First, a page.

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The Children - Theatre Royal, Bury St Edmunds (14.03.2023)

We all know that old phrase “If you can’t think of anything nice to say, don’t say anything at all” – an approach I’ve occasionally had to adopt when watching a show. But what if the opposite is true? The last thing I’d want people to think is that I’m a sycophant, devoid of a critical eye, but The Children staged at Theatre Royal Bury St Edmunds was one of those rare examples of the stars aligning so perfectly that I know by the end of this review, I’ll have used far too many synonyms for the word ‘brilliant’.

Now when I say that the stars aligned, I mean this in more ways than one. First of all, the play was fronted by three established stars in Imogen Stubbs, Gillian Bevan, and Michael Higgs. But simply attaching talented actors to a project doesn’t guarantee success, and the other metaphorical astral components played an equal part in mustering what was a production of such perfection.

Firstly, there was the extraordinary writing of Lucy Kirkwood, and in The Children we have arguably one of the best scripts of the 21st century. We are also looking at a Director at the top of his game in Owen Calvert-Lyons, whose vision as Artistic Director is rejuvenating this grand institution of performing arts in the town, enriching the programme at the Theatre with bold, challenging shows such as this one.

Though I hate giving a synopsis as part of my review, I have to concede on this occasion, as though the play is well-revered, being so recently written, there are plenty of us who will have not yet had the chance to see it. The story is essentially a series of conversations of increasing urgency and tension between three retired nuclear scientists, married couple Hazel and Robin, and their distant friend/colleague, Rose, who drops in on them unexpectedly with an ulterior motive. It’s set against the backdrop of a nuclear disaster that’s occurred, forcing many people, including Hazel and Robin, to leave their homes. And it’s in the fairly basic coastal cabin that they’ve escaped to, that the action and seismic conversations, addressing themes of ageing, climate change, love, regrets, and responsibility all take place.

Where Gillian Bevan and Michael Higgs as Hazel and Robin appeared to be a settled, sensible couple, all salads, yoga, and organisation, by contrast Imogen Stubbs as Rose was the whirling dervish - glamorous, single, and with an apparent twinkle in her eye.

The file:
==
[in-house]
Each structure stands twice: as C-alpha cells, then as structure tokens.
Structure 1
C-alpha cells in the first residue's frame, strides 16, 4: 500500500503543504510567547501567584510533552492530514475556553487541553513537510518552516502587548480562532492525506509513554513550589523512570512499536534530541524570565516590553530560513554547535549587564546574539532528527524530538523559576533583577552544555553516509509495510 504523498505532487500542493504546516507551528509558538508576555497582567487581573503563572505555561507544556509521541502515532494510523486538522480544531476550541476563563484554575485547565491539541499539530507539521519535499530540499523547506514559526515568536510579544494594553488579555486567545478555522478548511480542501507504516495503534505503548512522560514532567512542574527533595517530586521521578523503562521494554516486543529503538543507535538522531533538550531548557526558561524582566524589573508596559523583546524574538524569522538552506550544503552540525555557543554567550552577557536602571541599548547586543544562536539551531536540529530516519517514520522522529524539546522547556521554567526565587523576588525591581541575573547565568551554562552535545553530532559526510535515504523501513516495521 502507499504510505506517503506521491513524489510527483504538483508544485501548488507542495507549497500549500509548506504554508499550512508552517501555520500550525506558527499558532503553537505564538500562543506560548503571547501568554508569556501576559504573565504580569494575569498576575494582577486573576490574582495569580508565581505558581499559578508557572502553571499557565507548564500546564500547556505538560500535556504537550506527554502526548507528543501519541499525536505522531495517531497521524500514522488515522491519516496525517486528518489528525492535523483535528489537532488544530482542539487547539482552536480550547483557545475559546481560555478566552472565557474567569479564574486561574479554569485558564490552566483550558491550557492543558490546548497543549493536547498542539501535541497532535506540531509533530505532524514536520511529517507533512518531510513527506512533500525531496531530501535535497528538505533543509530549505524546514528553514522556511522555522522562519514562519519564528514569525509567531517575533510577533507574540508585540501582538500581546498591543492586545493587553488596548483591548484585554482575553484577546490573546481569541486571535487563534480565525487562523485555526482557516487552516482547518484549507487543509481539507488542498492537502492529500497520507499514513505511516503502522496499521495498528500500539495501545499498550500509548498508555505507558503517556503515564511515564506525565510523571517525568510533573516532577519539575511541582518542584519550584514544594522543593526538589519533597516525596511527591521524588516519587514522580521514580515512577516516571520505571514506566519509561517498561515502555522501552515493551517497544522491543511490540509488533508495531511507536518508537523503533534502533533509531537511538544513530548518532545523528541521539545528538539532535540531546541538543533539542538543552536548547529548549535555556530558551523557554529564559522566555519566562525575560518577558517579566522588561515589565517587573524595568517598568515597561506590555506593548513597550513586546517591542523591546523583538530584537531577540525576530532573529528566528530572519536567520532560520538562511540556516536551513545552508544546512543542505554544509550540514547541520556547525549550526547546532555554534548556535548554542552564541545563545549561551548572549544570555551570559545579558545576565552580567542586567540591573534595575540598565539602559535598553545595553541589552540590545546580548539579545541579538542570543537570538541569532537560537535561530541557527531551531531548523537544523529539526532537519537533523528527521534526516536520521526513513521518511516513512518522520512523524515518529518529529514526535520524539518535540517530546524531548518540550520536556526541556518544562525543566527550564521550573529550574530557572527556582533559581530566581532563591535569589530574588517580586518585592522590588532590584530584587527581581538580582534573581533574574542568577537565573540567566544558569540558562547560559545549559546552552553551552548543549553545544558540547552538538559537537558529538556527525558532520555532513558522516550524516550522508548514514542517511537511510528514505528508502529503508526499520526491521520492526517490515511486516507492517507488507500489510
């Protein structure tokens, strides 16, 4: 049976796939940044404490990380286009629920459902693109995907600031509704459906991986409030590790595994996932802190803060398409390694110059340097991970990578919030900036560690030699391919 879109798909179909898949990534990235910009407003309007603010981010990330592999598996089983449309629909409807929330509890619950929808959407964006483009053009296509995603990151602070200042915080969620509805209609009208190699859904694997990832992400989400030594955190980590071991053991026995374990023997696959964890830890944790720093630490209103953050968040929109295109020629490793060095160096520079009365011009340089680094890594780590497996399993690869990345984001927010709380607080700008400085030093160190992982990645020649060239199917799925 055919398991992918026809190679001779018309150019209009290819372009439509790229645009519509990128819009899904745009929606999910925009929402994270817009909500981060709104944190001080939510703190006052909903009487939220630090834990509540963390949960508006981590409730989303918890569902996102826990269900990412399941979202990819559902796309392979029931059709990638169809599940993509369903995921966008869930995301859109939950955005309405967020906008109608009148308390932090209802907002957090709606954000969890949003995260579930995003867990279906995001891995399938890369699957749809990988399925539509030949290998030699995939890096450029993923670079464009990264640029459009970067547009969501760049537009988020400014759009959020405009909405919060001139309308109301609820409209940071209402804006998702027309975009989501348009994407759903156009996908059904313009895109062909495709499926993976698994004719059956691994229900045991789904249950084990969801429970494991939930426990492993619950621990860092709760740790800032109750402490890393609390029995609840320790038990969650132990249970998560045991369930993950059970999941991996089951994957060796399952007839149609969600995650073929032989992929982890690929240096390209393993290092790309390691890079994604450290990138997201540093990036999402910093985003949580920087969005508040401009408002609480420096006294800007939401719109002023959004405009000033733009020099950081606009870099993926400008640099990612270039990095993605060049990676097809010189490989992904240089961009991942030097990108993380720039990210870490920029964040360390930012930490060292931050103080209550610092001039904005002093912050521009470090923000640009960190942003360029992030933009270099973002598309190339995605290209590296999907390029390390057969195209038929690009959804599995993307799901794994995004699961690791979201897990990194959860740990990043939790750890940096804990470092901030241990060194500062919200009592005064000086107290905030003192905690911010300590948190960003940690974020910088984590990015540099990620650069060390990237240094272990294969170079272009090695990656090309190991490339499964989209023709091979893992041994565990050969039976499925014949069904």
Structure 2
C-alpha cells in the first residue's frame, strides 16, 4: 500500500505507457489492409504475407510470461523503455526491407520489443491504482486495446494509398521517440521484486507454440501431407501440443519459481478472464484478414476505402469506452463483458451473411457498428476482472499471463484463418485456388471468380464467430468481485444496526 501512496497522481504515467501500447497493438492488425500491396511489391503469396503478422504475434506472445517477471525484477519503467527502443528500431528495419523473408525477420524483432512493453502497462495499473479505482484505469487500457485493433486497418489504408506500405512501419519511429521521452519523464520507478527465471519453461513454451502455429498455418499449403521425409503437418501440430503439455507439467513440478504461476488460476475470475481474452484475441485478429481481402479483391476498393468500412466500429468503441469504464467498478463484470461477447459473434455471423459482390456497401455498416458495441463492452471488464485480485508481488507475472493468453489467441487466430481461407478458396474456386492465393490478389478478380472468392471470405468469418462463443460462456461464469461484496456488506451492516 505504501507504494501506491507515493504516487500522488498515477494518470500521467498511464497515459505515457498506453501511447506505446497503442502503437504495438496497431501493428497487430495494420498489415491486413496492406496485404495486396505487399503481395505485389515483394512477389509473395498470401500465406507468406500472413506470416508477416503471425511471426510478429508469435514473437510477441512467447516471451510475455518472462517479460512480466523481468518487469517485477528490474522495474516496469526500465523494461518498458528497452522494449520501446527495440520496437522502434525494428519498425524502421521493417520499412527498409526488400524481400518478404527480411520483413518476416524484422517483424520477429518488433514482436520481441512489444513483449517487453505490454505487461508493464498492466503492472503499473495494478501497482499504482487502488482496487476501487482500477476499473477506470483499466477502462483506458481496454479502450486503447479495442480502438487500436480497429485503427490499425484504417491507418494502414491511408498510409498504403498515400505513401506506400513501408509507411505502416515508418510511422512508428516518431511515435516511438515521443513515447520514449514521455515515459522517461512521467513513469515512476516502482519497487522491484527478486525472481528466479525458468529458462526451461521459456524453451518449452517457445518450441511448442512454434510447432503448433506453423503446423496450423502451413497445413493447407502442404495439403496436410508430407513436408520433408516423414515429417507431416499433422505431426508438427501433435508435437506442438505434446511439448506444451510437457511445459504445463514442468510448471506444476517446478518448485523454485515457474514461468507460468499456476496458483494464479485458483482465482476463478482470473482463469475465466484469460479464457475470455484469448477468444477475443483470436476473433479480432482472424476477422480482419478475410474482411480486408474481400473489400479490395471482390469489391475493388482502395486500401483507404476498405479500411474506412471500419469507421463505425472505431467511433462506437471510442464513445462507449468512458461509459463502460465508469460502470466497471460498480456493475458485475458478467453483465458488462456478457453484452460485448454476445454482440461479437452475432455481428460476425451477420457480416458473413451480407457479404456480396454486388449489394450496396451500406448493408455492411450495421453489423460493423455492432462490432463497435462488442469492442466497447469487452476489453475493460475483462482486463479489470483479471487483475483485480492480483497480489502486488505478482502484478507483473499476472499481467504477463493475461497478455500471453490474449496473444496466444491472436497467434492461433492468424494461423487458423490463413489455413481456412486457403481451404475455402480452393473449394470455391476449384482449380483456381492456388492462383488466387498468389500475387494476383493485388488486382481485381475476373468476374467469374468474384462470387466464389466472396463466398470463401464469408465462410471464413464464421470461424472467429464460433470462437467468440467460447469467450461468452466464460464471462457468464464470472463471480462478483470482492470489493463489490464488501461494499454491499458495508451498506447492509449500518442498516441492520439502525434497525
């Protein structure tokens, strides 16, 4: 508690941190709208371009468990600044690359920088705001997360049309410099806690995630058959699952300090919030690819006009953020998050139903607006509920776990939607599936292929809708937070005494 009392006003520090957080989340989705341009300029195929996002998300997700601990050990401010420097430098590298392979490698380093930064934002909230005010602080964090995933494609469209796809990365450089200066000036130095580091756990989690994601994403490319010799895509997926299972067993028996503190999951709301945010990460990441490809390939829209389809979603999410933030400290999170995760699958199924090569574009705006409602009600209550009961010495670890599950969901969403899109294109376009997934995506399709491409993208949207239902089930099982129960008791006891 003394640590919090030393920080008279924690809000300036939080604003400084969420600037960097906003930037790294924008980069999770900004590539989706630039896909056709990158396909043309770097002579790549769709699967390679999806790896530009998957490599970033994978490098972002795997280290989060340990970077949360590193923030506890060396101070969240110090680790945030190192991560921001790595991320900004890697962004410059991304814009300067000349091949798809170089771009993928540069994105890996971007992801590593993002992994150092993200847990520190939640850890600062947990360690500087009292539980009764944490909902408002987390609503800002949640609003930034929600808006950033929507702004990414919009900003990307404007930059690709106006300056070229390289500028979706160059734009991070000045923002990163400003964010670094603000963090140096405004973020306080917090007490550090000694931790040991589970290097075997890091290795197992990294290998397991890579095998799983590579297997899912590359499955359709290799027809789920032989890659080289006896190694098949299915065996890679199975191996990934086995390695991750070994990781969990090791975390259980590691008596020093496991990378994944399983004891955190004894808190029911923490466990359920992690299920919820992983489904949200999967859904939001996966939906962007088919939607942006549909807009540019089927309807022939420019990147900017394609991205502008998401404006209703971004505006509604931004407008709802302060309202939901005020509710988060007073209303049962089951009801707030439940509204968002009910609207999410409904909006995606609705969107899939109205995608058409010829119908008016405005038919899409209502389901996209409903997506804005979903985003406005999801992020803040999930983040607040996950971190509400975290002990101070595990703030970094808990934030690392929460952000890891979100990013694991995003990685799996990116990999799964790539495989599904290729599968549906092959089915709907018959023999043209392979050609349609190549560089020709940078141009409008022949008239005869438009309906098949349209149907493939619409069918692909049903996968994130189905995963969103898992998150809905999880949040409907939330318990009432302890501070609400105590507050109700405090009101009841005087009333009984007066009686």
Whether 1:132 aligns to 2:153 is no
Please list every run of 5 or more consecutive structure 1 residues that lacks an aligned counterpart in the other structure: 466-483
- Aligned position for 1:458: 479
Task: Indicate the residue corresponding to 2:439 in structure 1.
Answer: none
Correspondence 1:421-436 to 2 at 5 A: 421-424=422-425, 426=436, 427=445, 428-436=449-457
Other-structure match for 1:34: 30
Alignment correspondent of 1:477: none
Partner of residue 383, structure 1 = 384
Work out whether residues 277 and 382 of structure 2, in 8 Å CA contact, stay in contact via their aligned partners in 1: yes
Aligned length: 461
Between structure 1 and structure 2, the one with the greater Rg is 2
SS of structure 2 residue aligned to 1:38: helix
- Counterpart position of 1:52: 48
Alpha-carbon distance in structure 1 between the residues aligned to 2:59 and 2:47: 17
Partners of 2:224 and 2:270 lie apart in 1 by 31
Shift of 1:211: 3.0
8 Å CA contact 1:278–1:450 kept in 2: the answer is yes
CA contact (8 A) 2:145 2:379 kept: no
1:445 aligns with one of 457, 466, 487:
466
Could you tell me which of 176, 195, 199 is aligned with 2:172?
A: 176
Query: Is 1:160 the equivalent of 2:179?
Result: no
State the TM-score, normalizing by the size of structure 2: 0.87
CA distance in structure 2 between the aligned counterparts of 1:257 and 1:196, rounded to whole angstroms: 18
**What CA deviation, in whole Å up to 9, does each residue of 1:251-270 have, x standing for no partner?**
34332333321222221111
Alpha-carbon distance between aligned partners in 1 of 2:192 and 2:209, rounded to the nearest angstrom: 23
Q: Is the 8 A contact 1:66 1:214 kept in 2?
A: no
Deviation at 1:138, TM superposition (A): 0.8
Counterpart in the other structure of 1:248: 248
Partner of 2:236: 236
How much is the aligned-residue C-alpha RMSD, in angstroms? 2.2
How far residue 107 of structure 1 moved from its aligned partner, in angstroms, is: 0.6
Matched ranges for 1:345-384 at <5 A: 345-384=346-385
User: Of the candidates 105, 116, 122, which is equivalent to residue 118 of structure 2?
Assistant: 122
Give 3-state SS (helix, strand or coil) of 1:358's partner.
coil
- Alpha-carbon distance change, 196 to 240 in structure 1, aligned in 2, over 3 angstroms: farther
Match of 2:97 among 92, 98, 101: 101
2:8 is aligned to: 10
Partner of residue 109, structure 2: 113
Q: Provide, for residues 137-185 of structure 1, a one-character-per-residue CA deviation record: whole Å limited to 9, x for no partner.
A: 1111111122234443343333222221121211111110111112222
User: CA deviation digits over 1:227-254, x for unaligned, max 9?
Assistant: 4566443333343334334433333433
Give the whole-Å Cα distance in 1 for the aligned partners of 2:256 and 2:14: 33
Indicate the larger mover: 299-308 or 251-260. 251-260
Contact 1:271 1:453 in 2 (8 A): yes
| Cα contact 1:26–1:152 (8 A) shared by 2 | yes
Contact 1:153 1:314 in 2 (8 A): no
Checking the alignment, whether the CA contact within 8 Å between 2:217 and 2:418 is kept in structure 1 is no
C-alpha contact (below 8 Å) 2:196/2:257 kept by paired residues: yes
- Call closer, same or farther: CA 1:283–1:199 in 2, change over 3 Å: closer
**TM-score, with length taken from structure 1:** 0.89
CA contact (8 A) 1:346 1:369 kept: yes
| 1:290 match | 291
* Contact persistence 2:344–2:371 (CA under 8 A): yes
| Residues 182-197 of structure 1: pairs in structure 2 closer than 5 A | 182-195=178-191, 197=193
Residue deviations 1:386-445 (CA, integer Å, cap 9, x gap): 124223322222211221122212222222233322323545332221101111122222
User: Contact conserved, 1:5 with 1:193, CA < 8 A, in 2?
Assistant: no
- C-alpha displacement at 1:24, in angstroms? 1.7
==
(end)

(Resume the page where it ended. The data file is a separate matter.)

It was an absolute pleasure to see some more experienced actors given the freedom to get stuck into some really meaty roles, and it was an opportunity that the three of them seized, giving a highly accomplished execution of the rich material afforded them. When you get to the level that Imogen, Gillian, and Michael occupy, it’s the finer details about performances that can set actors apart from one another. For instance, the underrated skill of interrupting and talking over one another was used throughout. It seems a trivial thing to pick out, but as an actor it can be tempting to cut your line short in order to hear your cue line, but the three actors displayed complete trust in one another to offer us a seamless and authentic conversational style.

It was also fascinating to feel the atmosphere of the piece change when one of the characters left the room. Sure, it could have been done with a shift in the lighting or sound perhaps, but whether it was a subtle look, an arched eyebrow perhaps, or a tensing of the posture, Imogen, Gillian, and Michael showed us that there’s more to this acting lark than simply learning lines and projecting well.

And speaking of finer details, the fairly simple but highly effective set design didn’t go unnoticed, with its additional touches of shingle and driftwood adding a subtle nod to the coastal setting.

Usually if a reviewer mentions lighting and sound, it’s because they’re not able to think of much else positive to pick out. Not so with this production - the attention to detail with subtle sounds of the coastal setting throughout were a classy touch that simply heightened the atmosphere. The sparing use of lighting also neatly encapsulated the feeling of a simpler, if slightly inconvenient, post-disaster life. It also added a bit of extra poignancy when Hazel frustratedly yells “We don’t have a right to electricity”.

The Children continues until the 25th March – it’s quite simply a phenomenal piece of theatre, and one that needs to be seen. Tickets for the remaining performances are available via


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